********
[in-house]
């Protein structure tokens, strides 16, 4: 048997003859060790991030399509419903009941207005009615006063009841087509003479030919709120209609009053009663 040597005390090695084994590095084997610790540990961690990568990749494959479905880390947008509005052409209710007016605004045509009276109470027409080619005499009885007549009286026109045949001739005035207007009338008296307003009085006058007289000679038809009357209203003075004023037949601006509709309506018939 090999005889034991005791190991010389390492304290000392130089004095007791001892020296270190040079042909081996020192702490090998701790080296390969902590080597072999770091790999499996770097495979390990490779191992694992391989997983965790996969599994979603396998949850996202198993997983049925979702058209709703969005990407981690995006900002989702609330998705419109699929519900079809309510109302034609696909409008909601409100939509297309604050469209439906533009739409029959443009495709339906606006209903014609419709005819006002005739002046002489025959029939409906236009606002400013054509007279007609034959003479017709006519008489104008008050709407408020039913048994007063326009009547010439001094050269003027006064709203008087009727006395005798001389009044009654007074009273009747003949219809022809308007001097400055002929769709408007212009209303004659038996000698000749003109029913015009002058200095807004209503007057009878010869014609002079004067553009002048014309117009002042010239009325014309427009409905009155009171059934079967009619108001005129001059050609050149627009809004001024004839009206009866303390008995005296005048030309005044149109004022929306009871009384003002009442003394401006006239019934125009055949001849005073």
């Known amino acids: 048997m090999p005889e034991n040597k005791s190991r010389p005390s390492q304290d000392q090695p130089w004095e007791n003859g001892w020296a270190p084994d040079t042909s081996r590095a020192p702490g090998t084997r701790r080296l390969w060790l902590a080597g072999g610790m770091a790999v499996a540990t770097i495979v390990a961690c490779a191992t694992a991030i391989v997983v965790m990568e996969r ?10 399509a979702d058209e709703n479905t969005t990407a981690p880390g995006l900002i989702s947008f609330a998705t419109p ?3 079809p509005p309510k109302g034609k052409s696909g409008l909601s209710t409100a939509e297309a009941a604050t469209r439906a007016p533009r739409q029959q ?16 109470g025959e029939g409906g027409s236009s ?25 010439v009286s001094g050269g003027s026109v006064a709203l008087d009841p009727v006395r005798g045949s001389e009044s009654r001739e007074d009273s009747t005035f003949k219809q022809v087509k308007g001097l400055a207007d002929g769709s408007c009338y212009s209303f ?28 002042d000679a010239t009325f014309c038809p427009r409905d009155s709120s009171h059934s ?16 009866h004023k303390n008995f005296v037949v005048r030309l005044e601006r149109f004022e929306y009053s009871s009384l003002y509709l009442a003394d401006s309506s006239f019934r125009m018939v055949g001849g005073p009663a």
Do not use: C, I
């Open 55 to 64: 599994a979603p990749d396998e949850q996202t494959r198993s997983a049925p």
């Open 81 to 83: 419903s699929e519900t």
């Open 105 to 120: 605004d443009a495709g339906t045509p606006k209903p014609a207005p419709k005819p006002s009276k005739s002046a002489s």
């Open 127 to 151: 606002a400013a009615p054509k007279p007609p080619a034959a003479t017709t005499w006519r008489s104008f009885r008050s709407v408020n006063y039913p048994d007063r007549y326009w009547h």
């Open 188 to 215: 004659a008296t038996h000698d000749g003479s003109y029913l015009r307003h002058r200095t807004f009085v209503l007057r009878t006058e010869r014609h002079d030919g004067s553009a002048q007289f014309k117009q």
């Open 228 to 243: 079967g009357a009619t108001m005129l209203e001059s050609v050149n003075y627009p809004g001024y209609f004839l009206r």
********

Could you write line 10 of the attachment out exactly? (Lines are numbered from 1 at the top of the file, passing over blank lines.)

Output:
């Open 228 to 243: 079967g009357a009619t108001m005129l209203e001059s050609v050149n003075y627009p809004g001024y209609f004839l009206r």